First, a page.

The Ghost of Africa (Don Brobst) – Review

4 stars


Publisher’s Description
Together, New York City surgeon Paul Branson and his wife, Nicki, had a dream: to help the people of the African bush. After Nicki’s untimely death, Paul decides to honor her memory and carry on alone. In South Sudan, he channels grief into hope, caring for villagers and working to save Leza, a little girl with leukemia who has captured his heart.

Meanwhile, Jason Quinn, terrorist leader of the Lord’s Resistance Army, has deadly plans for the people of South Sudan. But he needs information to carry out his plot—information from research Paul did for the US government years ago. Quinn will stop at nothing to obtain this secret intelligence, even kidnap a dying child. Now, in order to save the ailing Leza and stop a genocide, Paul must go beyond his medical training to journey into a world of brutal terrorism and global intrigue. With only instinct and his faith as guides, how far will he go to save the lives of thousands?


Paul took a shallow breath.  The panther’s icy stare bored into him.  Paul could not look away.  At any moment this sleek black cat could be on top of him, tearing the flesh from his bones.
The panther gave a deep, guttural growl.
Buru stepped from his hut holding his spear high.  He moved to the edge of the clearing and stopped.
The panther grunted and took two steps closer to Paul.
Buru stood five meters to Paul’s right and one meter in front of him, creating a triangle: two men, one panther.  Buru held his spear poised to strike.
The growls of the beast had drawn the village elders from their huts – all of them seasoned hunters.  Now they took positions to Paul’s left.  Each readied his weapon and stood like a statue, waiting.  Paul knew these men were the best hunters in the region, but the panther didn’t seem to notice them – only Paul.
As he stared into its dark eyes, Paul’s muscles tightened.  For a moment he thought about running or backing away.  Slowly he slid his foot to one side.  The cat crouched, and Paul froze.
Buru whispered, “Do not move.  Do not look away.  He is the Ghost of Africa.  He comes for a purpose.”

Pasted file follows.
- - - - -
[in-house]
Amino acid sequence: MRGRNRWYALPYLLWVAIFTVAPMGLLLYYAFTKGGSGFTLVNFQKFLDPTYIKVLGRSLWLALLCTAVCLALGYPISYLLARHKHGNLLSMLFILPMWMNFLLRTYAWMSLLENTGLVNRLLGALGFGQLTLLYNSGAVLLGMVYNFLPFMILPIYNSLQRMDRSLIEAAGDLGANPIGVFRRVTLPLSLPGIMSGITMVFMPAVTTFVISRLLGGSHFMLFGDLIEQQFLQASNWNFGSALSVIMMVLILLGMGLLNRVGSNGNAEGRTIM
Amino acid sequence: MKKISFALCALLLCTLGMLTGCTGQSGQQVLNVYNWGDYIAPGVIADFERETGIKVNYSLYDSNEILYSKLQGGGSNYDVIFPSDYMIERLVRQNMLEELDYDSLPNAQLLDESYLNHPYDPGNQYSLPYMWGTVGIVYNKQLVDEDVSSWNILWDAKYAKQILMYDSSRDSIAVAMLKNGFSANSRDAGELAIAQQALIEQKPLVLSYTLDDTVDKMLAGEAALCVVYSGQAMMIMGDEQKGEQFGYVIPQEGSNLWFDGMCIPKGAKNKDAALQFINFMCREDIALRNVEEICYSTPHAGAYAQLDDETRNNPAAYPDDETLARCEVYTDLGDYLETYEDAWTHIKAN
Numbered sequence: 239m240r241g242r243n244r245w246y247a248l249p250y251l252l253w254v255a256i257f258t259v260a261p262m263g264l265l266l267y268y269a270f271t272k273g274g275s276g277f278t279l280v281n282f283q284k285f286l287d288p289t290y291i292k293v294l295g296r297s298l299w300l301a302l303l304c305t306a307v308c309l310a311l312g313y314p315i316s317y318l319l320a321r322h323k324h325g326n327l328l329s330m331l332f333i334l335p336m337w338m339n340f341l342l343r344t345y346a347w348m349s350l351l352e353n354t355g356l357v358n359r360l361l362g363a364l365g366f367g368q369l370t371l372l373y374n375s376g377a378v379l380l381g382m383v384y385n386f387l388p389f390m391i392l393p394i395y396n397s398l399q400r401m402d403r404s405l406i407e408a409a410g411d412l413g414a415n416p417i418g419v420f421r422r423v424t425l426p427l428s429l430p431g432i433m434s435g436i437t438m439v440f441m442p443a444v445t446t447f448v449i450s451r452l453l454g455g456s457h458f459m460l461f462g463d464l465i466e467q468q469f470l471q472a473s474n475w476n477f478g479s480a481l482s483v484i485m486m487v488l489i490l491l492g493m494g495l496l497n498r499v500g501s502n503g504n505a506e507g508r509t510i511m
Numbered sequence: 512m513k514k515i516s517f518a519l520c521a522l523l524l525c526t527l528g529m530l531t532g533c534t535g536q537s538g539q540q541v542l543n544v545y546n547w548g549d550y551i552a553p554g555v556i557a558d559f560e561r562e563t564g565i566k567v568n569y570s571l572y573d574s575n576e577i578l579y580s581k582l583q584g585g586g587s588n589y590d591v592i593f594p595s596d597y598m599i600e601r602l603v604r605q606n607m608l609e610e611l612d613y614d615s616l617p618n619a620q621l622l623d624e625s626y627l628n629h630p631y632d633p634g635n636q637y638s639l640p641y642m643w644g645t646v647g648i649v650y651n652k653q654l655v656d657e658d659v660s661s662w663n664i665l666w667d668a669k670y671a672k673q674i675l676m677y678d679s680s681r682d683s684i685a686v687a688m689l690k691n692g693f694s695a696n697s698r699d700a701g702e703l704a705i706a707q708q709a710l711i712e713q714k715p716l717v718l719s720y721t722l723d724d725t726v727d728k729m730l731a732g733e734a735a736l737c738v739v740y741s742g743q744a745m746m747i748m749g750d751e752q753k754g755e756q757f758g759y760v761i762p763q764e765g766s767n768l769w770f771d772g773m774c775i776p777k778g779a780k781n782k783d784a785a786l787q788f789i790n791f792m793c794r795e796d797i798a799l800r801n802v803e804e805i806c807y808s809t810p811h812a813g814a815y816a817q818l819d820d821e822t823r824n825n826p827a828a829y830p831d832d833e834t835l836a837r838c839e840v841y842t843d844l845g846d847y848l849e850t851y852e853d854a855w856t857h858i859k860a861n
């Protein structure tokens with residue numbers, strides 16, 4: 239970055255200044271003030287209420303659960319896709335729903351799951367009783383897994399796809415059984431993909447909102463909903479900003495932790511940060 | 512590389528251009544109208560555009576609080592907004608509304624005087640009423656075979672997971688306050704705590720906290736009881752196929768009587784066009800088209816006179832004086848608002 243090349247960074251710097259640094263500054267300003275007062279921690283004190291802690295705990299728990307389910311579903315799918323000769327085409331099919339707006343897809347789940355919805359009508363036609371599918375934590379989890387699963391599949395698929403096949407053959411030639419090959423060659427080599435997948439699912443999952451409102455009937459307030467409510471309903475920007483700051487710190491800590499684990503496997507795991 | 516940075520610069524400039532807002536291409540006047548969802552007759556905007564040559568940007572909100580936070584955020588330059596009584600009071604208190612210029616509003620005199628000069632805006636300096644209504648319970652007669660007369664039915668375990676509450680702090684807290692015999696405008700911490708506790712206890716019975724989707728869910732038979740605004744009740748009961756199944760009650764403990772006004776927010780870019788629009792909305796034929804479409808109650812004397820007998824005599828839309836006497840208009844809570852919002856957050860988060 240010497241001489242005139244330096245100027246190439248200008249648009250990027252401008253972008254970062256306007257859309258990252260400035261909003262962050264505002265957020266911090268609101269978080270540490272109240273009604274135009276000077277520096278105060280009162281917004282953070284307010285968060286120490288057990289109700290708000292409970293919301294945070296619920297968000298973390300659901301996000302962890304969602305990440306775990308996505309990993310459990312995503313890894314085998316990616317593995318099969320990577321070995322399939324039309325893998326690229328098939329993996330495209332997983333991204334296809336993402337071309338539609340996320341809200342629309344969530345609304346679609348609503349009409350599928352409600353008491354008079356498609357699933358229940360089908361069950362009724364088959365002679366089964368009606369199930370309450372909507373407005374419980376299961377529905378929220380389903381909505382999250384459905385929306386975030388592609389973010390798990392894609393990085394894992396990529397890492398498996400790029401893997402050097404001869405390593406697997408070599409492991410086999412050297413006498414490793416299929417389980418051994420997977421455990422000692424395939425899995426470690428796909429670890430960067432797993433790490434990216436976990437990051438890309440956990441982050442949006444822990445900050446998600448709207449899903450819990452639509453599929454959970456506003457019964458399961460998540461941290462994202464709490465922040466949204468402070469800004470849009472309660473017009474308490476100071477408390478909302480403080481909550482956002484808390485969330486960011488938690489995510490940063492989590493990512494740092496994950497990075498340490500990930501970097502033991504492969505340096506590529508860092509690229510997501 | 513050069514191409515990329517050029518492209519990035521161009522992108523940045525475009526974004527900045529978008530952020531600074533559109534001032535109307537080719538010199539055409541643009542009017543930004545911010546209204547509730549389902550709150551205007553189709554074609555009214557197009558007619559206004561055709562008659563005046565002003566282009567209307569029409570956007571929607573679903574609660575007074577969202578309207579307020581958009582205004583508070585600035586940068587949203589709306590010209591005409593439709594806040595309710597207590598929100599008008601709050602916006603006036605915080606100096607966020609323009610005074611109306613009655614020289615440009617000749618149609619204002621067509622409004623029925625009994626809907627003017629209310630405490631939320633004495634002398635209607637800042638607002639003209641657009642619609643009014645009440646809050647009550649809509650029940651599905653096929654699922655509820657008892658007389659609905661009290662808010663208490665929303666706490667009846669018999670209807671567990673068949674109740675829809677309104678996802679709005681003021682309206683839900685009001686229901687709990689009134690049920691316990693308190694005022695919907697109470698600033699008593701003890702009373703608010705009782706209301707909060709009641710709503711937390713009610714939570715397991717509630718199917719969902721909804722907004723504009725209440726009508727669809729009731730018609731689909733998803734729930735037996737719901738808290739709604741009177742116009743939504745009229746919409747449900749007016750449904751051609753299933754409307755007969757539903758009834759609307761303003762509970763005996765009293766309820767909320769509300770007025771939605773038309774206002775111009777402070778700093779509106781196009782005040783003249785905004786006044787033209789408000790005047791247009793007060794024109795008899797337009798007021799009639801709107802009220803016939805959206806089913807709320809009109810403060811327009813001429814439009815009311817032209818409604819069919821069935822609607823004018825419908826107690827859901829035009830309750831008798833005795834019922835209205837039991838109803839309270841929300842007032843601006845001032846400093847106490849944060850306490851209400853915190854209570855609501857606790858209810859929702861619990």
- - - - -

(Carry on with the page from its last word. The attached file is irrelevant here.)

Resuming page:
From the corner of his eye, Paul saw Buru lower his spear and lay it on the ground.  The other elders followed his lead.  Paul’s breath quickened.
The panther slowly closed the cap, stopping barely a meter in front of Paul.  Its sleek black fur rippled over powerful muscles as it moved.
Paul calmed the panic welling inside.  The panther studied him, mouth closed and ears pinned back.
Slowly, as if guided by an unseen force, Paul squatted on the ground in front of the Ghost of Africa.  The black cat towered above him.  Paul’s heart pounded harder.  He knew he was at this animal’s mercy.  The panther growled and lowered its head, moving within centimeters of Paul, who saw nothing but dark, piercing eyes as the cat’s hot breath burned his face.  He refused to break the gaze.
Suddenly the panther took a single step back and screamed loud enough to make Paul’s ears ring.  Crouching as if to pounce, it suddenly leapt over Paul and disappeared into the tall grass.
Chief Chima entered the clearing.  He held Paul’s face between his hands almost ceremoniously.  “Look at me.”  He studied Paul.  “The Dark One has spoken to us – to you.  I saw it. […] This is a warning to us.  You have been spared as few men have.  Evil is coming.”  Chima turned and walked toward his hut.  He spoke without facing Paul.  “From now on, I will call you Abdu.  You have been chosen.”
“Chosen?  For what?  What are you saying, Chima?”
“I’m saying that you are The Chosen.”
“To do what?”
“To save us.”
“From what?  Evil that’s coming?”
“Chosen to do what must be done, Abdu.  Come, we must prepare.  We have been warned.  The spirits have been faithful.  Show me what that means.”